Tuesday, December 20th, 2016


Amid the rush to ‘get it all done’ before the holidays, it’s easy to forget to take a moment now and again to stop and truly enjoy the season.  The sight of a carefully decorated tree, the smell of fresh greenery in the house — it’s the little things that make the holidays so magical.  And while that to-do list will not magically disappear, we can all carve out a little time to complete our tasks in a mindful and nourishing way. This year, take a moment to slow down and opt for a little botanical inspiration that will dress up any gift, big or small.

Here’s what you’ll need:

  • Paper: For the earthy look, go for kraft, simple white or upcycled newspaper.
  • Toppers: The options are endless. Spruce and cedar clippings are easily found at this time of year, or opt for a clipping from a houseplant if you’ll be giving the gift immediately. A sprig of fresh rosemary is a great edible option, and one you can pick up at the grocery store.
  • Little Extras: Twine, butcher string, or jute make great alternatives to store-bought ribbon.

While the final result is elegant, simplicity is the essence of this approach — you can use whatever you have on hand.  The best part? You’ll reap all of the added benefits of working with some plants — the perfect thing to calm a stressful Christmas mind.

Merry Christmas!

Words + Photos by Sarah Carson @the.botanical

Friday, December 9th, 2016


Trim the tree, hang the wreath and finish the baking — but then what?  We have just the little project to light up your front steps as guests start to arrive at your front door!  So turn up the Christmas carols while you make these botanical ice lanterns that will bring that little extra sparkle and festivity as we approach the darkest time of year.



– an ice lantern mold

– water

– foraged finds (try cedar or spruce sprigs, or a clipping or two from an indoor houseplant)

– festive fruits (think cranberries, or sliced oranges or lemons)

– tealights candles (either LED or traditional will do)


  1. Simply add your choice of botanical elements to the mold and fill with water.  Keep in mind that some of your ‘fillings’ may tend to float in water, which means they’ll end up concentrated at the bottom of your ice candle once frozen. To prevent this, add a few orange slices or cranberries, for example, to the mold and cover with just enough water to freeze in place. Once frozen, you may add yet another layer, or simply finish the lantern by filling with water.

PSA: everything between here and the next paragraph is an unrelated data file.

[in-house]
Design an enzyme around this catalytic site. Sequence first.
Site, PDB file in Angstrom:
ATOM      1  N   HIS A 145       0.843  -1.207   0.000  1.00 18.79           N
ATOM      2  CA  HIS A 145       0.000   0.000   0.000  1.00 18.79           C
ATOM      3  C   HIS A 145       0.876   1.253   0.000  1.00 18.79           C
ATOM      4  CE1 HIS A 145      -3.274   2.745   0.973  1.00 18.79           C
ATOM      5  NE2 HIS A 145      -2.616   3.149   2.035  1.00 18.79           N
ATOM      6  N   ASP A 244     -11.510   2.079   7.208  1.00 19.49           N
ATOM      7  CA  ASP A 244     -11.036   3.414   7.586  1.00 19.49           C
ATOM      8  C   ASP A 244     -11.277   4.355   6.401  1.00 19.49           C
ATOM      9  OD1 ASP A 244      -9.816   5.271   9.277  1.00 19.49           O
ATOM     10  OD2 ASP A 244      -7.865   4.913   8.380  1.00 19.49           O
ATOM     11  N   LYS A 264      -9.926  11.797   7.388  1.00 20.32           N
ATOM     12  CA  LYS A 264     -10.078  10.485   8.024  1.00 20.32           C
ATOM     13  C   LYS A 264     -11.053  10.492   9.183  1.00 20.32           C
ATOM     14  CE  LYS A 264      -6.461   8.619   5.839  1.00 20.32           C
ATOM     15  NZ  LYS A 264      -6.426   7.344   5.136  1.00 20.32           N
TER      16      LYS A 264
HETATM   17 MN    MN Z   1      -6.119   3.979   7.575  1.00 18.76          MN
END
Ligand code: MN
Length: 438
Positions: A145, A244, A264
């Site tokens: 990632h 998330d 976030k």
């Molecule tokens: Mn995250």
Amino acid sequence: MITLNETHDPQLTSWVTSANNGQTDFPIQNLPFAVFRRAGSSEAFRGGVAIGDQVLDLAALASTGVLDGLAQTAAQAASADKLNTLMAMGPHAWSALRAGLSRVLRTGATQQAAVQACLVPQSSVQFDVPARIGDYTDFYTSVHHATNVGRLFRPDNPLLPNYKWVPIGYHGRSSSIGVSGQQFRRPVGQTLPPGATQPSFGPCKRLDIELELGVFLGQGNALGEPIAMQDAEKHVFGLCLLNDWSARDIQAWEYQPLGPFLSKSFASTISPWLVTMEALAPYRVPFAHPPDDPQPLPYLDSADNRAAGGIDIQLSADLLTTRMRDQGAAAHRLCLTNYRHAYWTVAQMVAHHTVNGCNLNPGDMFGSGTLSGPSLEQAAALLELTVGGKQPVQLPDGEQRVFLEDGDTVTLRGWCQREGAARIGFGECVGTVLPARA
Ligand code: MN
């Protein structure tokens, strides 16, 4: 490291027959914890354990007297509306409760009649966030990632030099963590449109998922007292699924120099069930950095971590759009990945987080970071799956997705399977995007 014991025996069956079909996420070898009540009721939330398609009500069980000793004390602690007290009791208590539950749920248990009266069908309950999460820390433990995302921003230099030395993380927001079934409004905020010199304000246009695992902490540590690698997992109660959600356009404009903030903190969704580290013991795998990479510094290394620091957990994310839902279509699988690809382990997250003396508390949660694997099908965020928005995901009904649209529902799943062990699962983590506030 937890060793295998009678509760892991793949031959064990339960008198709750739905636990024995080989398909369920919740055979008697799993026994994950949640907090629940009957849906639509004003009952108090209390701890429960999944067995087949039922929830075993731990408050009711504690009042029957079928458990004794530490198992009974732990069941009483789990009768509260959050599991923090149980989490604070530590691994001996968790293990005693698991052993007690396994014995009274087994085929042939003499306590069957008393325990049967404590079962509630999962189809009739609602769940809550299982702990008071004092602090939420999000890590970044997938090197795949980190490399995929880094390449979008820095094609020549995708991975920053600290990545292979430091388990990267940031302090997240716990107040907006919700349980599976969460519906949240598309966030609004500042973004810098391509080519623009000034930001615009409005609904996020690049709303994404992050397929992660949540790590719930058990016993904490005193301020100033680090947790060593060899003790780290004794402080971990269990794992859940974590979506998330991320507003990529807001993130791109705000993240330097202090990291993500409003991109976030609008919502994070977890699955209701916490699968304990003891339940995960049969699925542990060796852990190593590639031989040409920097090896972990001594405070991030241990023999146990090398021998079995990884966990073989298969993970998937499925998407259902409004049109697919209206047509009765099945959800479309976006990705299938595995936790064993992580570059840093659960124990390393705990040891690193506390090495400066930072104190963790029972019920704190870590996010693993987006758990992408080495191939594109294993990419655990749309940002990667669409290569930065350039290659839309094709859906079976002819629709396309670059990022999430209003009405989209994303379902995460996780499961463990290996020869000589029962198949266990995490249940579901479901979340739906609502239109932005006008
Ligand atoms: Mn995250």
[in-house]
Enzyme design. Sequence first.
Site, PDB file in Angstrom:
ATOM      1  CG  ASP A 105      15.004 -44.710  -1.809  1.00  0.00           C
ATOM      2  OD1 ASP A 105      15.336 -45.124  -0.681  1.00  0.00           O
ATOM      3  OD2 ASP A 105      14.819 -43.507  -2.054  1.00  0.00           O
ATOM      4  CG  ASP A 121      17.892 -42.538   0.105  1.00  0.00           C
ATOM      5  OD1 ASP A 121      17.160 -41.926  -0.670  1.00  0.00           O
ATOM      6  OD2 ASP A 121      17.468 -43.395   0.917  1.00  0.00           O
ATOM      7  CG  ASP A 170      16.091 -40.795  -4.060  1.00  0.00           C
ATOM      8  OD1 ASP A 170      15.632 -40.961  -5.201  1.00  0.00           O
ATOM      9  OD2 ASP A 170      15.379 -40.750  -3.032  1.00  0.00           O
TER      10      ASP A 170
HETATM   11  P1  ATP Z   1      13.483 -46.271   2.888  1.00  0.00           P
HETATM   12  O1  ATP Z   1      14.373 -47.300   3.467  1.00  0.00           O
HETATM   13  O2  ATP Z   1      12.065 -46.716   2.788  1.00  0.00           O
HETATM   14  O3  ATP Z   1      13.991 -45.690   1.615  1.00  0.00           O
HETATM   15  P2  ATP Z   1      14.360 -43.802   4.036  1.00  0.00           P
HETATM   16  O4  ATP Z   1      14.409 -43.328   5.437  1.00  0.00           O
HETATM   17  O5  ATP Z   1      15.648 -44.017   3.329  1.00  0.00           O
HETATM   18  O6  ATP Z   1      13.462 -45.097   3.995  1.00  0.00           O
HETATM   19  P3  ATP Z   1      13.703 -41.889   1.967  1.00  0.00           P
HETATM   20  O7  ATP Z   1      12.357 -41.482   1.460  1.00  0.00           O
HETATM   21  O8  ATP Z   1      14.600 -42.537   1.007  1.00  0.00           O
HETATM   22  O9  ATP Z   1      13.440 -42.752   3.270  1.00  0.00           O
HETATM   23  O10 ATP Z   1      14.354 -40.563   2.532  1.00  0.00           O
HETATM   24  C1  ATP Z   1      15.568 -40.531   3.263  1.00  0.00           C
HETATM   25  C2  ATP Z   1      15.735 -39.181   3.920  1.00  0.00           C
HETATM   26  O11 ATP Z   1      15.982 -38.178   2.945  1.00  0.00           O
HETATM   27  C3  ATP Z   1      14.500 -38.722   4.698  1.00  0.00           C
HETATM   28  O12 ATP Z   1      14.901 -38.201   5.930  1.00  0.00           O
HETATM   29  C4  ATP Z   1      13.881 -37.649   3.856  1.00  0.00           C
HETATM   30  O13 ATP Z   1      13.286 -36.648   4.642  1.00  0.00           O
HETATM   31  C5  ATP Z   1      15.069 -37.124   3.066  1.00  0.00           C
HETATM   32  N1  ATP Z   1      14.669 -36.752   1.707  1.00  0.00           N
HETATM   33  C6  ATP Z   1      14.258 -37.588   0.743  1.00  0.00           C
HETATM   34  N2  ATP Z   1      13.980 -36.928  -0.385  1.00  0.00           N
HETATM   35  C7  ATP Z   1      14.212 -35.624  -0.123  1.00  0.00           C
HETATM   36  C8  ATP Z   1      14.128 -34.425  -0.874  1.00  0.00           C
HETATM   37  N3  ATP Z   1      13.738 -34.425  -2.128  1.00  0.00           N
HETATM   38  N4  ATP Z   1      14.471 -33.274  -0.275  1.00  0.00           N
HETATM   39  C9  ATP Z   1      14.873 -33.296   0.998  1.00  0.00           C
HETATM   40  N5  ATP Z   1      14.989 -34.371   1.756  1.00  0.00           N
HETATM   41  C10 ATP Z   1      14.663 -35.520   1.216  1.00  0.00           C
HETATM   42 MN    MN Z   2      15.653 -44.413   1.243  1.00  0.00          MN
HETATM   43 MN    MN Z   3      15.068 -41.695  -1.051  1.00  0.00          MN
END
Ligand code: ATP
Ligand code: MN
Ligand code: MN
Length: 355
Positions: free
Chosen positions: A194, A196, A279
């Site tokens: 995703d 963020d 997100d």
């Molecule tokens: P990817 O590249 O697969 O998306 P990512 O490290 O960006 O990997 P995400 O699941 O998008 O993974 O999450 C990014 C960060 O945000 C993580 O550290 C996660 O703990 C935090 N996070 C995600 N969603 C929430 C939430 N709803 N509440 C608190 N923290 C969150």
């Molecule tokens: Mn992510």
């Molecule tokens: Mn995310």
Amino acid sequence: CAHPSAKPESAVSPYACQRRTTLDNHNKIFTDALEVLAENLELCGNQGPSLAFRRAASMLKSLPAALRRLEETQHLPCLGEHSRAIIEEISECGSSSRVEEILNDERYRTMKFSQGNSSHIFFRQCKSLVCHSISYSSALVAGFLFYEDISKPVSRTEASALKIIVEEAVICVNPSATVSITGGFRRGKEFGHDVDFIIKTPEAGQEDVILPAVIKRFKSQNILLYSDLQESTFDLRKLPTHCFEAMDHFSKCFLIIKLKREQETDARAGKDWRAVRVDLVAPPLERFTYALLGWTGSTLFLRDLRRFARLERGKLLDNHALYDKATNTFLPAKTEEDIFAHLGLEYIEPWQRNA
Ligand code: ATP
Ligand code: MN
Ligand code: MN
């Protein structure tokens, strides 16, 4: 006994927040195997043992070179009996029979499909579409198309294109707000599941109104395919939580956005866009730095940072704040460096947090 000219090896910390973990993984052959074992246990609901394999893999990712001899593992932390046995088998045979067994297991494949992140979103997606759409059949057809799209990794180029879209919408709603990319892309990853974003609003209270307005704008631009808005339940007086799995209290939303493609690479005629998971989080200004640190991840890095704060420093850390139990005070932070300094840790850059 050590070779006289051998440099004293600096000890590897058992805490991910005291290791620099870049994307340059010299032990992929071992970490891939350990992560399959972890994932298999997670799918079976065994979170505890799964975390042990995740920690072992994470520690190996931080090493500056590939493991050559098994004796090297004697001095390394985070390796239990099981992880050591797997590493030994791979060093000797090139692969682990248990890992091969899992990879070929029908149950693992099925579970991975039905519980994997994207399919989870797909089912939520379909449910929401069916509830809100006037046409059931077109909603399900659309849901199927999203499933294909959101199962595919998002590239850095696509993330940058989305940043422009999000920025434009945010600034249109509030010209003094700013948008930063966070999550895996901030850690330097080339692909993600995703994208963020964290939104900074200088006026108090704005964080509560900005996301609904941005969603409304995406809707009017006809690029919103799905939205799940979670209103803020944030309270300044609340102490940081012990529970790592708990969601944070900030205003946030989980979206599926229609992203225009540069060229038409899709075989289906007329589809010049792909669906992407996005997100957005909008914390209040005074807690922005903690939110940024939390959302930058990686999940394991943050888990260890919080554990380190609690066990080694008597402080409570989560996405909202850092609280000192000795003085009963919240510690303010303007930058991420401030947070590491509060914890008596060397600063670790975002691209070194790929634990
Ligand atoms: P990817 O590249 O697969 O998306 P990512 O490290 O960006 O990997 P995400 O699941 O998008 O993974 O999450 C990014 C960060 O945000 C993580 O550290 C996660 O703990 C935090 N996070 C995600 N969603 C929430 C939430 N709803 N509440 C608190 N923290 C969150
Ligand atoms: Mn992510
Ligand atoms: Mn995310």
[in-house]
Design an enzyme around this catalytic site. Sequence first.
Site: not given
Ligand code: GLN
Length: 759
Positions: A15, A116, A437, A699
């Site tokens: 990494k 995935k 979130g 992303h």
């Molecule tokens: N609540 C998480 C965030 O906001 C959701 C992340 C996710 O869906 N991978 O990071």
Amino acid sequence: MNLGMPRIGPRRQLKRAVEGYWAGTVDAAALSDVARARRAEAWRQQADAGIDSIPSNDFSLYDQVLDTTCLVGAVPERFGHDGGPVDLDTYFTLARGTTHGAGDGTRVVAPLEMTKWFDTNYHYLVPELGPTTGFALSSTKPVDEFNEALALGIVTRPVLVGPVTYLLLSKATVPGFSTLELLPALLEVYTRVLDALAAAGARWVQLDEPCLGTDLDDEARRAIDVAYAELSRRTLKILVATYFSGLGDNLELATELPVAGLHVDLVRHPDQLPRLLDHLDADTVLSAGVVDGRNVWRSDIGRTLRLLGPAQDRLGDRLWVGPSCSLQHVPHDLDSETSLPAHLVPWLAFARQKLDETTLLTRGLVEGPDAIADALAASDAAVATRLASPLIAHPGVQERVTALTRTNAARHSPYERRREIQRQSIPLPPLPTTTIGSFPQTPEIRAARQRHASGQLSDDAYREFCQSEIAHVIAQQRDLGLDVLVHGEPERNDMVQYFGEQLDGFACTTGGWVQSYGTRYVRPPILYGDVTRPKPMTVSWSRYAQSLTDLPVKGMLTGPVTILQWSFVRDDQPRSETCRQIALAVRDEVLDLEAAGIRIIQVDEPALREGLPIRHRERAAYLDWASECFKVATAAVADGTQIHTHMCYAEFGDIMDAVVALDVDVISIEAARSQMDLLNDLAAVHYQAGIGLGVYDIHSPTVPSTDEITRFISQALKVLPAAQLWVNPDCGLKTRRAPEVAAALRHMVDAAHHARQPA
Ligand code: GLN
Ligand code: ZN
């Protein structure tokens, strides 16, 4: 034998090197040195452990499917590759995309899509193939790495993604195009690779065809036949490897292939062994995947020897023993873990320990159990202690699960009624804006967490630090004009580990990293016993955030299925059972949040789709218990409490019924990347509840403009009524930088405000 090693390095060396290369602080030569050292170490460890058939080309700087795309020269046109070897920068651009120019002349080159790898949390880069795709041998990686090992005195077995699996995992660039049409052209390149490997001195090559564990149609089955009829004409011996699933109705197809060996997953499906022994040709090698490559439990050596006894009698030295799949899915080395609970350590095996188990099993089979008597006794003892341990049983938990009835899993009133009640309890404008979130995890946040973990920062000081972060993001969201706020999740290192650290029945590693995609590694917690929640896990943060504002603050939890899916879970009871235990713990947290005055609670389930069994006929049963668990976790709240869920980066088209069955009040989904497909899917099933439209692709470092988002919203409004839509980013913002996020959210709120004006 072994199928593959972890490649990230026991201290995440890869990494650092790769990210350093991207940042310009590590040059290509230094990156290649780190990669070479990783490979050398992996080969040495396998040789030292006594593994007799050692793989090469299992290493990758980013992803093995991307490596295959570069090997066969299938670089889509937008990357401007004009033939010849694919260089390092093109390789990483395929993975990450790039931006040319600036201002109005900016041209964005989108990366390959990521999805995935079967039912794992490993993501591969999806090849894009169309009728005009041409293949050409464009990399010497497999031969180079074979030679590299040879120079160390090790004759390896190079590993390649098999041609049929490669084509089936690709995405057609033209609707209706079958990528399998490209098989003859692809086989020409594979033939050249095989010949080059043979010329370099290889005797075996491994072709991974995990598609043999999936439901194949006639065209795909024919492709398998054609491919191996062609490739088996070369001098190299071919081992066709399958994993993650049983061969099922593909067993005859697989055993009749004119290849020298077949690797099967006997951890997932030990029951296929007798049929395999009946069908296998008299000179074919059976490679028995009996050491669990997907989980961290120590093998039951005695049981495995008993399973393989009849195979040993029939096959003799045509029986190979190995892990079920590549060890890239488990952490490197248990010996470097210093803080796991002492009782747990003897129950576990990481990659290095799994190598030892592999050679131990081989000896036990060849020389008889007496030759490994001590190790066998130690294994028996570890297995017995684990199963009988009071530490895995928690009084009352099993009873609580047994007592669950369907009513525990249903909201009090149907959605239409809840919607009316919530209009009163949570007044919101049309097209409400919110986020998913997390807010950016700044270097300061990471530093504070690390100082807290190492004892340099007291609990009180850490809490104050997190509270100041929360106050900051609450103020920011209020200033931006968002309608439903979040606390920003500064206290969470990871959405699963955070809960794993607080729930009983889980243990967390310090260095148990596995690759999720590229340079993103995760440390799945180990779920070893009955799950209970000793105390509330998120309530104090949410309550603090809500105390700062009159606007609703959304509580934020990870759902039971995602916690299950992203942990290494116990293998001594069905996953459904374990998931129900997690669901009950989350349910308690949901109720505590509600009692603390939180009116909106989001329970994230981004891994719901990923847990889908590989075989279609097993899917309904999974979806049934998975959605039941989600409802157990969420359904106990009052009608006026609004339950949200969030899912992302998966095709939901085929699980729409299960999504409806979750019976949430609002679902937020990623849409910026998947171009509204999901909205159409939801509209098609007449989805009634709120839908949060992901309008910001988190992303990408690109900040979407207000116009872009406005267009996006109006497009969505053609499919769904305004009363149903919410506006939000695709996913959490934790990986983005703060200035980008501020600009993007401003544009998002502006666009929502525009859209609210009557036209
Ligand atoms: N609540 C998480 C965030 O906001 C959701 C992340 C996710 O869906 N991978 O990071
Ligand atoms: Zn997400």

2. Set outside, or pop in the freezer until frozen solid. To remove the lantern, simply allow the mold to thaw a few minutes, or run under some warm water until it slides out.
  3. Light a candle and carefully place in the center of the mold.

That’s it! The sky’s the limit — the ice mold can be used as a table centrepiece, an ice cooler, even a festive dip chiller for entertaining! Want to change up the color of the ice? Just add a little food coloring to the water. Have fun creating different combinations to light up your walkway and garden this winter.

It’s beginning to look a lot like Christmas!

Words + Photos by Sarah Carson @the.botanical

Friday, December 2nd, 2016


‘Tis the season for entertaining! Whether you’re searching for the perfect something to spice up a holiday gathering or find yourself hosting unannounced guests, we present to you a positively stress free solution — serve up a batch of Glögg!  This Glögg – the Swedish translation for hot mulled wine – recipe is about as simple as it gets — meaning you will have a crowd-pleasing festive holiday drink ready in just a few minutes.  



– 1 bottle red wine

– 1/3 cup honey (we used John Russell creamed honey with saskatoons)

– 1 navel or blood orange, sliced into rounds

– 2-3 piece of of each cloves, star anise, cinnamon sticks, bay leaves, cardamom, black peppercorns, or 1 package of Crave Mulling Spices


  1. Simply combine honey, sliced orange, and spices in a large pot and place over medium heat, adding just a small glug of wine to start (water works just as well here) to create a syrup-like consistency. Bring this spice base to a boil, and then turn down to simmer for a minumum of 4-5 minutes.  The longer you let it mull, the better it tastes!
  2. Add the remainder of the wine and turn the heat down to low, allowing the wine to warm gradually without coming to a boil (and burning off alcohol content).
  3. Ladle Glögg into mugs, garnishing with a cinnamon stick or a slice of fresh orange.
  4. Enjoy!

Tip: The pressure is off here. Use whatever combination of spices you have on hand — and feel free to use ground spices in place of whole. Simple wrap the ground spices in a resuable tea bag or some cheesecloth. Don’t have oranges? Substitute for chopped apples or raisins. Also, you may wish to substitute the hot red wine for apple juice or tea to create a sweet, alcohol-free version of this festive drink.

Cheers to the holidays!

Words + Photos by Sarah Carson @the.botanical

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Shelmerdine Garden Centre Ltd.

7800 Roblin Boulevard
Headingley, MB R4H 1B6

Phone: 204.895.7203
Fax: 204.895.4372
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